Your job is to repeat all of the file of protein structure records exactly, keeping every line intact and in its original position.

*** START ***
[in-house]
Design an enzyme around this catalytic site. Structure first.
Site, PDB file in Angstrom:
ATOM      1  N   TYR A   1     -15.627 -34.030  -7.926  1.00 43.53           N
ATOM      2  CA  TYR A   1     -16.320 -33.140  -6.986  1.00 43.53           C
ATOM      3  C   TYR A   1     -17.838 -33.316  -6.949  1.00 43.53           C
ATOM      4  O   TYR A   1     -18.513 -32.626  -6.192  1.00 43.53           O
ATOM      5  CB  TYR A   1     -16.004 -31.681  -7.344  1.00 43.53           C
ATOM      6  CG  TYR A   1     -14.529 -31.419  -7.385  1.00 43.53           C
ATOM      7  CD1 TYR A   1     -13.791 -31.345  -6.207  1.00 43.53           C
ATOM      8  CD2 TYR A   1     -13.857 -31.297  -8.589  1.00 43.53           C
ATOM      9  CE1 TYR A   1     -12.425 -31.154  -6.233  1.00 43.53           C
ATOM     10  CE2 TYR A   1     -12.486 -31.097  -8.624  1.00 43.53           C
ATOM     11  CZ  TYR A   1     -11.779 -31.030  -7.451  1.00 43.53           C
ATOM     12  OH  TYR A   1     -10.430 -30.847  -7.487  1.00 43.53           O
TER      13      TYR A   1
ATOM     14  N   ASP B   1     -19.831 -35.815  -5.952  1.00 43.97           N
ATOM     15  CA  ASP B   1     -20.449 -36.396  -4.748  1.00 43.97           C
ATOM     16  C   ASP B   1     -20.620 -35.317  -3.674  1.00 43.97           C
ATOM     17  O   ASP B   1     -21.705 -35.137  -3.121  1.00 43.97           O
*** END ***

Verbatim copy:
[in-house]
Design an enzyme around this catalytic site. Structure first.
Site, PDB file in Angstrom:
ATOM      1  N   TYR A   1     -15.627 -34.030  -7.926  1.00 43.53           N
ATOM      2  CA  TYR A   1     -16.320 -33.140  -6.986  1.00 43.53           C
ATOM      3  C   TYR A   1     -17.838 -33.316  -6.949  1.00 43.53           C
ATOM      4  O   TYR A   1     -18.513 -32.626  -6.192  1.00 43.53           O
ATOM      5  CB  TYR A   1     -16.004 -31.681  -7.344  1.00 43.53           C
ATOM      6  CG  TYR A   1     -14.529 -31.419  -7.385  1.00 43.53           C
ATOM      7  CD1 TYR A   1     -13.791 -31.345  -6.207  1.00 43.53           C
ATOM      8  CD2 TYR A   1     -13.857 -31.297  -8.589  1.00 43.53           C
ATOM      9  CE1 TYR A   1     -12.425 -31.154  -6.233  1.00 43.53           C
ATOM     10  CE2 TYR A   1     -12.486 -31.097  -8.624  1.00 43.53           C
ATOM     11  CZ  TYR A   1     -11.779 -31.030  -7.451  1.00 43.53           C
ATOM     12  OH  TYR A   1     -10.430 -30.847  -7.487  1.00 43.53           O
TER      13      TYR A   1
ATOM     14  N   ASP B   1     -19.831 -35.815  -5.952  1.00 43.97           N
ATOM     15  CA  ASP B   1     -20.449 -36.396  -4.748  1.00 43.97           C
ATOM     16  C   ASP B   1     -20.620 -35.317  -3.674  1.00 43.97           C
ATOM     17  O   ASP B   1     -21.705 -35.137  -3.121  1.00 43.97           O